That’s not to say our aviation system has yet realized its full potential.

          The network of 634 ADS-B towers that I mentioned a moment ago stand ready to receive signals from thousands of airplanes so that controllers can ultimately reduce spacing between them and improve capacity. But for now, those towers are just beaming traffic and weather information to general aviation aircraft, because the airlines—the same airlines that complain the FAA hasn’t deployed technology quickly enough—have been slow to invest in ADS-B.

         In fact, the FAA tells us that it has received ADS-B signals from just 87 of American Airlines’ 950 aircraft. The ADS-B towers have picked up signals from just 211 of United’s 738 airplanes, and from zero—none—of Southwest’s 727 airplanes. [Slide 5]

          Now, I understand that installation of an ADS-B transponder costs an airline about $200,000. If you extrapolate that out to American Airlines’ entire fleet, you reach a total cost of $190 million for equipage of all 950 jets. In 2016, American collected $1.1 billion in baggage fees alone: enough to equip its entire fleet with ADS-B five times over.

          But not only have the airlines slow-walked equipage with ADS-B, they’ve also obtained an exemption from the FAA that allows them until 2025 to replace outdated GPS receivers with newer models that will enable the maximum benefits of ADS-B. [Slide 6] That means that, because of the airlines’ own request for delay, it will take the FAA even longer to permit airplanes to fly closer together, increasing system capacity. [Slide 7]

          The airlines have other issues, as well. They operate such aging aircraft, and over-schedule small jets in so many busy markets like New York-Chicago, that the airlines themselves caused more than one in three flight delays in the last 12 months.

As then-Administrator Babbitt testified before the Aviation Subcommittee in 2011, “We can do all the [NextGen] improvements, we can land them with closer spacing, we can do everything in the world, but at the end of the day at La Guardia Airport when it is a one-runway operation you can still only land them once every 54 seconds.”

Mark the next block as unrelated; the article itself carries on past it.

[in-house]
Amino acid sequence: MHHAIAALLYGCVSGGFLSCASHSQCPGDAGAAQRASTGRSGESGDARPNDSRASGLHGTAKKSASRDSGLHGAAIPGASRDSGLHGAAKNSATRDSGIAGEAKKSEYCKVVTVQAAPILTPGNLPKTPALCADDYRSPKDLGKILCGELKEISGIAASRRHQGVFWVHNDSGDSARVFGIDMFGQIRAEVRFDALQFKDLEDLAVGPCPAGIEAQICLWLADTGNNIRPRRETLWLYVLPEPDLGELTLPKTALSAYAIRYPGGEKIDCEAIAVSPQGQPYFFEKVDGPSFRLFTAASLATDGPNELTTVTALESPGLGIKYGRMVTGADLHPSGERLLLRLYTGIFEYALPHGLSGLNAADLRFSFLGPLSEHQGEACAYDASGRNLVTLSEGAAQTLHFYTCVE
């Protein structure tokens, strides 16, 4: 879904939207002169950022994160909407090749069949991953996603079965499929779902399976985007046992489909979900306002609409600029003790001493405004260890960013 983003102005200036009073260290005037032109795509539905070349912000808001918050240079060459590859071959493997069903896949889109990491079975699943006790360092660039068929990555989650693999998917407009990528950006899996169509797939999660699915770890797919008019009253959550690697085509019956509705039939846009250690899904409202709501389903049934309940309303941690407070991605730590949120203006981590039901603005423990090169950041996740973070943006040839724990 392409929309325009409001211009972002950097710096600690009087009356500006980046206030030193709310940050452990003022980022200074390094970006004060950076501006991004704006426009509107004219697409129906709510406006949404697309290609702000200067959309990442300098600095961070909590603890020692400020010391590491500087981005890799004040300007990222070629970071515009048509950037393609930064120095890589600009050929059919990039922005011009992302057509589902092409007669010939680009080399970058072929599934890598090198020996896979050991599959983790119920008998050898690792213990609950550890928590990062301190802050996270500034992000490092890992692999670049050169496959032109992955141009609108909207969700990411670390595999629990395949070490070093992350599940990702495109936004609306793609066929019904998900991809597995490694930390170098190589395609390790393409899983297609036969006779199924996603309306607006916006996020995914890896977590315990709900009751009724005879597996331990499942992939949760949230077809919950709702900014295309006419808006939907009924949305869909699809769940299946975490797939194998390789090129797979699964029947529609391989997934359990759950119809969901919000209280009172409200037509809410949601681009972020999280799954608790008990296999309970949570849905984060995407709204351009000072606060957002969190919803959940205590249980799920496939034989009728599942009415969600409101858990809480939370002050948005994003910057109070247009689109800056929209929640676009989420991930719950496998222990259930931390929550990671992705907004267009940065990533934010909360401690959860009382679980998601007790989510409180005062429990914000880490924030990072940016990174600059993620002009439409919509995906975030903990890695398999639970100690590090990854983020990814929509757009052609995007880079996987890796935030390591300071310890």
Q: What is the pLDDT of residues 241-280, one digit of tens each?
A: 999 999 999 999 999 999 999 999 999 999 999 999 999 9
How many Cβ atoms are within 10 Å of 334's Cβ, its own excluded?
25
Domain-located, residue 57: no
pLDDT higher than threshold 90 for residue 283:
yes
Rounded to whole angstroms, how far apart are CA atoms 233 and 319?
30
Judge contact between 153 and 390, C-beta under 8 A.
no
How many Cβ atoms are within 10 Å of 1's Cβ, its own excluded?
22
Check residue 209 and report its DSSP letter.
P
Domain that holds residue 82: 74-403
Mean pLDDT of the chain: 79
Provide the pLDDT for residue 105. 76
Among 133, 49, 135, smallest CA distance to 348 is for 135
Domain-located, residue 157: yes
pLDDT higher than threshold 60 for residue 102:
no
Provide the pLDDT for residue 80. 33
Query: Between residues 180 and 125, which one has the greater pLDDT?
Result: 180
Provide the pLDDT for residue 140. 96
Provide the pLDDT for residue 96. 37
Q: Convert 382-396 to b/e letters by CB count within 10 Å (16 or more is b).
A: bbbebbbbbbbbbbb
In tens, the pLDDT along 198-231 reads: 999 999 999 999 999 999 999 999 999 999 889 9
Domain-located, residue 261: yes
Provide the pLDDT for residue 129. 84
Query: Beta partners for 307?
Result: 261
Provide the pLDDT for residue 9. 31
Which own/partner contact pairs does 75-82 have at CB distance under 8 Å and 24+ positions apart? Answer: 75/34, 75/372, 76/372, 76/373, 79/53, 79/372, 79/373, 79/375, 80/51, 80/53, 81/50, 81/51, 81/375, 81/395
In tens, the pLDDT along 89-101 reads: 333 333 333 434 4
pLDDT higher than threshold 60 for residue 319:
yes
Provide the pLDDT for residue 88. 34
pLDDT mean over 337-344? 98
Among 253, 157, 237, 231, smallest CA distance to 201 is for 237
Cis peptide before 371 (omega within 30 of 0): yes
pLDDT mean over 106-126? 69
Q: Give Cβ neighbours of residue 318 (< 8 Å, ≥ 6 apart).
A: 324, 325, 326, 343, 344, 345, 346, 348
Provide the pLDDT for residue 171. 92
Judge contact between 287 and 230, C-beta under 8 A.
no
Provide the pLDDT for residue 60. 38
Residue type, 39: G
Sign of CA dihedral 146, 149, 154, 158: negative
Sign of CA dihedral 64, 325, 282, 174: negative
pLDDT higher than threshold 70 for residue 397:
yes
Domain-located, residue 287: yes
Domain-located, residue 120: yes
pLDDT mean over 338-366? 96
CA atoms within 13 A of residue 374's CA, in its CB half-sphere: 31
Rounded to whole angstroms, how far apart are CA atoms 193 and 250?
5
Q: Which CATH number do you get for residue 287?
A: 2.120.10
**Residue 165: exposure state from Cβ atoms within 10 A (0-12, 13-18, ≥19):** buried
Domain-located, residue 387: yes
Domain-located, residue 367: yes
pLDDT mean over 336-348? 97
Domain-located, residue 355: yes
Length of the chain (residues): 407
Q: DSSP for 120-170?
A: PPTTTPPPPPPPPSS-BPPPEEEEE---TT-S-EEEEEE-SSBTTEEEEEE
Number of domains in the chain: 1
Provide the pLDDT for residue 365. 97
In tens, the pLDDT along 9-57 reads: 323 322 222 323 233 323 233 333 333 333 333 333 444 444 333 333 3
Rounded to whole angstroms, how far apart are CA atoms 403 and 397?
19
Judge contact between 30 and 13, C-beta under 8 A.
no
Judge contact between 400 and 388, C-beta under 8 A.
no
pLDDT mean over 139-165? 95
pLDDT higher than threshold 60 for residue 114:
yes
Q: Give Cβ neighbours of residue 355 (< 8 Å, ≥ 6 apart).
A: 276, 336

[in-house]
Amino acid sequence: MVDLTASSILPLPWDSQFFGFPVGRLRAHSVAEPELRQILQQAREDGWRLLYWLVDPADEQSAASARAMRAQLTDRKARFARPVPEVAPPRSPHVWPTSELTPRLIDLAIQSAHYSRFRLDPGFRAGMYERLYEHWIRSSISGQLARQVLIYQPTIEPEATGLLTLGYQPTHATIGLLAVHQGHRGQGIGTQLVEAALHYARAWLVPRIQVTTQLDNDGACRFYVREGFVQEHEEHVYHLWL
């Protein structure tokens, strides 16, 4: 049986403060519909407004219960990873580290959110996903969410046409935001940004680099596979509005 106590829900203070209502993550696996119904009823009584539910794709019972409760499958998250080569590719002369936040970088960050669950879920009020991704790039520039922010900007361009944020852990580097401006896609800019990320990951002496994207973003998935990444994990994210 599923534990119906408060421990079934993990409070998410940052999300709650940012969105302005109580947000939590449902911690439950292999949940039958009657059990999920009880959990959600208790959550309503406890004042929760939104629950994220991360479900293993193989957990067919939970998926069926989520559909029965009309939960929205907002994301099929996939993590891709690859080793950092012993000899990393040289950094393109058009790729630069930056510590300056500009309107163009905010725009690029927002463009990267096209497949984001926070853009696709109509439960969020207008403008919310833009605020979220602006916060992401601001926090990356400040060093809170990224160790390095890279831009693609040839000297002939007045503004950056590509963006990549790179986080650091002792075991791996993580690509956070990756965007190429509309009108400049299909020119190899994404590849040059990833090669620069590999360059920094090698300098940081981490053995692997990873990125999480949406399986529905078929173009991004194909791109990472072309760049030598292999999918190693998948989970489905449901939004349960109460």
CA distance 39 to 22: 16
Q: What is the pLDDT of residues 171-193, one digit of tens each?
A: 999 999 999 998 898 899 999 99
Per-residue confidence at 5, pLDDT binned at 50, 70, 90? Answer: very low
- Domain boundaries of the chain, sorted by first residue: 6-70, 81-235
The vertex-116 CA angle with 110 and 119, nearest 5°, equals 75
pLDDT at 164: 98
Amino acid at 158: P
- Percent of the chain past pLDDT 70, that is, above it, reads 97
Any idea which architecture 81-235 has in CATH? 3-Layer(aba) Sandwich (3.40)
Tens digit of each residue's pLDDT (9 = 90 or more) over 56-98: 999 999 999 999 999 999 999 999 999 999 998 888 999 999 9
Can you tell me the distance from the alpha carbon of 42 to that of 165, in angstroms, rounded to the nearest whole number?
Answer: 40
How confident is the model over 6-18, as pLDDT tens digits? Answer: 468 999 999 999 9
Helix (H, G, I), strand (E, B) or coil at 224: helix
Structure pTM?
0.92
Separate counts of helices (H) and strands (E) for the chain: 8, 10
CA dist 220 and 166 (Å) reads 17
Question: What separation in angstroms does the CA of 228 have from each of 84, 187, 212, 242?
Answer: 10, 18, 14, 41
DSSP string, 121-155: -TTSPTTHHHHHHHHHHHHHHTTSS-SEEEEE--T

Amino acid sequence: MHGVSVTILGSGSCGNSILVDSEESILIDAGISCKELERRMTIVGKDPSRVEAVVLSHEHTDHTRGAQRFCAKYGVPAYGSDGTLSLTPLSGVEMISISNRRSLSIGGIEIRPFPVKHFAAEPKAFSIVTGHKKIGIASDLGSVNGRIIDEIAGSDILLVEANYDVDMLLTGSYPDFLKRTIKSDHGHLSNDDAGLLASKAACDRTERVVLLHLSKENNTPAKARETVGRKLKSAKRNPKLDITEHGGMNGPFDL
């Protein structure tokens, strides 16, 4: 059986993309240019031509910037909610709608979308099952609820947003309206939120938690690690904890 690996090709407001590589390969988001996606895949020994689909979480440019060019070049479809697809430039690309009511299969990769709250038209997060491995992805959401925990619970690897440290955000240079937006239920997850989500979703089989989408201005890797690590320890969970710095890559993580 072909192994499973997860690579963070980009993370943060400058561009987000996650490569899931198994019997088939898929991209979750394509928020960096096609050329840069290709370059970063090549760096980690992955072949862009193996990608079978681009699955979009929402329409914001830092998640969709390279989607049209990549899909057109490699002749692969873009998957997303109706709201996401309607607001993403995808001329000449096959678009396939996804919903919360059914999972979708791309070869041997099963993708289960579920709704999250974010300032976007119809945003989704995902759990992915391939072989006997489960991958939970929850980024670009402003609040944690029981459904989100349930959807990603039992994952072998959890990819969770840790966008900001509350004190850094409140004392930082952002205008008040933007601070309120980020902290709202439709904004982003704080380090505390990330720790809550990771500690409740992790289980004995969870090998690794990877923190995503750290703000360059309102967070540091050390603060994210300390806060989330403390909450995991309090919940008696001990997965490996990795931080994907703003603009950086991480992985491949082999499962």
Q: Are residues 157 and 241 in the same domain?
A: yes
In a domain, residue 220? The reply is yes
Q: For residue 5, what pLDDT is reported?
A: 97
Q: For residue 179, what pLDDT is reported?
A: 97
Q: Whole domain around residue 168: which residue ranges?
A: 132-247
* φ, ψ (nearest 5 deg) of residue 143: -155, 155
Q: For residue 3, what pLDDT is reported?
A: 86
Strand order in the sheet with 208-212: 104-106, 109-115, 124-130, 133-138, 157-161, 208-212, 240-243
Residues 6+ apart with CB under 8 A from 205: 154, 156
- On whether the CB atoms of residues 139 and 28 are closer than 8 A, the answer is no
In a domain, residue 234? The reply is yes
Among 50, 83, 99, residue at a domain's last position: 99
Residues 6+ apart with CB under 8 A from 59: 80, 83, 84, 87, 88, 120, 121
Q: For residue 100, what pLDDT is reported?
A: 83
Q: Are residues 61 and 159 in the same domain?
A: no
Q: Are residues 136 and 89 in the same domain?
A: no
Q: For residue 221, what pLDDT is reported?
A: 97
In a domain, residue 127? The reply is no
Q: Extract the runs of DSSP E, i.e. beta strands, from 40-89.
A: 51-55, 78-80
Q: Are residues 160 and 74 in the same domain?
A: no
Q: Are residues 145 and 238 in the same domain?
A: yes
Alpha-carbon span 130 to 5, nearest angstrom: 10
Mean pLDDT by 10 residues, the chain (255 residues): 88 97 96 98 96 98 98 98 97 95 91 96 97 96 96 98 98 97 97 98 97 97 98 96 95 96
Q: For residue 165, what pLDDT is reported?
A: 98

If we want to reduce delays, it’s not air traffic control that we need to reform, it’s the airlines themselves. Even Dan Reed, who himself has long supported air traffic control privatization, wrote in Forbes earlier this year that “[o]nly airlines can make their planes back off their gates in the right order and at the right times in order to reduce congestion . . . . And only airlines can schedule their flights in such a way that they’re neither delay prone nor excessively long.” [Slide 8]        

            While the flying public waits for the airlines to step up and do their part, the right thing for this Committee to do is to actually solve the big problem identified by the controllers union and a chorus of other stakeholders: Funding, Funding, Funding.

            Together with every single Democratic Member of this Committee, I introduced a bill—H.R. 2800, the “Aviation Funding Stability Act”—that will remove the Airport and Airway Trust Fund from the absurdity of Congressional sequestration and shutdowns that disrupt all of the FAA’s critical functions and services. This absurdity is compounded by the fact that the Aviation Trust Fund has sufficient revenue to cover all (102 percent) of the FAA’s projected funding needs through 2027, according to the Congressional Budget Office. The stable, predictable funding stream is there; we simply need to provide it to the agency. And unlike the ATC privatization title of H.R. 2997, no stakeholder has expressed opposition to H.R. 2800.

            I intend to offer H.R. 2800 as an amendment during today’s markup.

            We can roll the dice with this risky privatization plan and hope it will bring improvements after several disruptive years of transition, or we can go with my targeted alternative that will fix the biggest problem facing the FAA—stable, predictable funding. Privatization is a solution in search of a thousand problems, and it is sure to find them. I yield back.